Add the clam juice and cream, bring mixture to a boil; reduce the heat to low and simmer for 7 minutes until the sauce thickens.
Add 1/2 of the parmesan cheese, the shrimp, the pasta, and the remaining basil and parsley.  
Stir and cook until shrimp are pink.
Top with remaining cheese and serve.

Oatmeal Cookies (Kind of Fail)

I normally get the urge to make cookies whenever I spend an abnormal amount of time with Elizabeth, and this time was no different.  My recipe was from Alton Brown's oatmeal episode, which featured a cookie that was more oatmeal than anything else.

The first thing that his recipe asked for was to toast the oats in the oven.  Unfortunately, I over-toasted the oats simply by following the instructions.  I figure if I had checked more often, they would have been alright.  (Can't blame AB too much on this, ovens vary from place to place, so it's more my fault for not paying attention closer.)  After the oats were toasted, half of them were placed in a food processor to create an oat flour.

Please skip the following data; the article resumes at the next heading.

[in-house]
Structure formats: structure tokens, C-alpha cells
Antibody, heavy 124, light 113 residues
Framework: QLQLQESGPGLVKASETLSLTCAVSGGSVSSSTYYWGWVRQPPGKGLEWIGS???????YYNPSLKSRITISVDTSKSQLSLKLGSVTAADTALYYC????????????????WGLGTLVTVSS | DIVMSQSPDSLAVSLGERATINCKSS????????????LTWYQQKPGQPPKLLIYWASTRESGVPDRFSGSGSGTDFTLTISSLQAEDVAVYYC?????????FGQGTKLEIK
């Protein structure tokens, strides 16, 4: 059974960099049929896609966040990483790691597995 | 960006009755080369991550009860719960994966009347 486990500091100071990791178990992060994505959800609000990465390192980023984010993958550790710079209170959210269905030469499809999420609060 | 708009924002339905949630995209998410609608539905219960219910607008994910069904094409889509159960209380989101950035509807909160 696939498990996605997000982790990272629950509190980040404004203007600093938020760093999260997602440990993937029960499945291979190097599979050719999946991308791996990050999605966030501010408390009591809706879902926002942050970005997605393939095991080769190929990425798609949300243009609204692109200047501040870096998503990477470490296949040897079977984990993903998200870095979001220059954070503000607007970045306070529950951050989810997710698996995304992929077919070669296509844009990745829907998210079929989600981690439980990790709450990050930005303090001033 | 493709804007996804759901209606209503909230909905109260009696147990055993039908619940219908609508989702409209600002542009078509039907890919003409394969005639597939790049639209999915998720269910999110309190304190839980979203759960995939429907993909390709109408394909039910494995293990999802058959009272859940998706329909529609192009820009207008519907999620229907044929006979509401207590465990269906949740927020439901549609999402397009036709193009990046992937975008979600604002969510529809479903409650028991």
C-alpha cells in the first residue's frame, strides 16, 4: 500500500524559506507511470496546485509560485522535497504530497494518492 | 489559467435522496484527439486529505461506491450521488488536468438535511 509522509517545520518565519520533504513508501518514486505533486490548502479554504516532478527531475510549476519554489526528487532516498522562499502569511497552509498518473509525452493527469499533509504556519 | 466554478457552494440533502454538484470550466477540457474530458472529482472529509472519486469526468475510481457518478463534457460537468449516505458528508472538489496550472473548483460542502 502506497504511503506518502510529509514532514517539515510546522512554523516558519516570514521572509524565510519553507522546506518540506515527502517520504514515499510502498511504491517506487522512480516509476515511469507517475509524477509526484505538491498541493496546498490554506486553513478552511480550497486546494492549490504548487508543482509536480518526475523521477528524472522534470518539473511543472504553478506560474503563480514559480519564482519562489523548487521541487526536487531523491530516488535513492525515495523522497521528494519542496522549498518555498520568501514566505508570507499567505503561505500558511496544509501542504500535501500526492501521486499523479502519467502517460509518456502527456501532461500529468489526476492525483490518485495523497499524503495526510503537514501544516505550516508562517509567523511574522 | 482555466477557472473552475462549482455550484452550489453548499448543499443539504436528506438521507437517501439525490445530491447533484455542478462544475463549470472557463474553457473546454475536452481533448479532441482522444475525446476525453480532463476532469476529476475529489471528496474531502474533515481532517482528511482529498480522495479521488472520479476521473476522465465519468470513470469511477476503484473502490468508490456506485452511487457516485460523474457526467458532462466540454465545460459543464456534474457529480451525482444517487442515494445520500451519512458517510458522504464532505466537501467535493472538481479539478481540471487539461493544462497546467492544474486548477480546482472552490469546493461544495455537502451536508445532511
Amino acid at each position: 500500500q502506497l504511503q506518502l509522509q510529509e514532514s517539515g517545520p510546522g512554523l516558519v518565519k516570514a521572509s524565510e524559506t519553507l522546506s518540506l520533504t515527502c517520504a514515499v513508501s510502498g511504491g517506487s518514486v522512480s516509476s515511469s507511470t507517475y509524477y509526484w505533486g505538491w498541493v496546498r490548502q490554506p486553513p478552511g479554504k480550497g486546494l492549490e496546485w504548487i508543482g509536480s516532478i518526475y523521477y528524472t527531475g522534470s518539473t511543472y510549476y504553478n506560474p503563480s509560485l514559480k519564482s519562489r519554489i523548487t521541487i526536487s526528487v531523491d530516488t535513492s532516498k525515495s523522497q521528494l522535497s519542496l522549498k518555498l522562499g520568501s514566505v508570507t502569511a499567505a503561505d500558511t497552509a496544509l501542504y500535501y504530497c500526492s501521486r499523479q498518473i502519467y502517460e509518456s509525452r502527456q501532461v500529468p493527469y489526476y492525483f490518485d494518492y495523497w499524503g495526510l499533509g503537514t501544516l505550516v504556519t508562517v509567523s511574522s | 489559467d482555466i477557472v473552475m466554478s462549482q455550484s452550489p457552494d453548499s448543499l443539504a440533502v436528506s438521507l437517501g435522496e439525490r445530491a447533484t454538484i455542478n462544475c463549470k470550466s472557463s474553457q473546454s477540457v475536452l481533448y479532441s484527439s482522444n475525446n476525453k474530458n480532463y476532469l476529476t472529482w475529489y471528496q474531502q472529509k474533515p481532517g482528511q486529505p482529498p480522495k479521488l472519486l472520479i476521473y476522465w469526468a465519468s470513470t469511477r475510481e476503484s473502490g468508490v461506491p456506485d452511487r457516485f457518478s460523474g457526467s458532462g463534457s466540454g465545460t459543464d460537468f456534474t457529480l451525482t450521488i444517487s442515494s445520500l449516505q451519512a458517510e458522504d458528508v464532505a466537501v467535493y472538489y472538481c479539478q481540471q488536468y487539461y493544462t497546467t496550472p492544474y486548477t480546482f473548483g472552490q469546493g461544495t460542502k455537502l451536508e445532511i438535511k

In the mixer, sugar was creamed, and an egg and vanilla extract was added. Cinnamon, baking powder, and salt was added to the oat flour, and the oat flour was added to the mixer.  After that, I spooned it out onto a pan, and baked for 12 minutes.  

The cookies tasted...interesting.  Unfortunately, because of the over-toasted oats, the cookies had a slightly burnt taste to them.  Besides for the off taste, the best word I can put to describe them was "organic".  The use of oats instead of flour (therefore making it gluten-free) gave it an interesting nutty flavor.  After a few samplings of the cookies, I began to enjoy them, but because I'm not completely sold on the flavor of the cookies I'm not planning on posting the recipe.  If you want to find it, however, it's on

Monday, January 17, 2011

Fusilli alla Caprese, Take 2.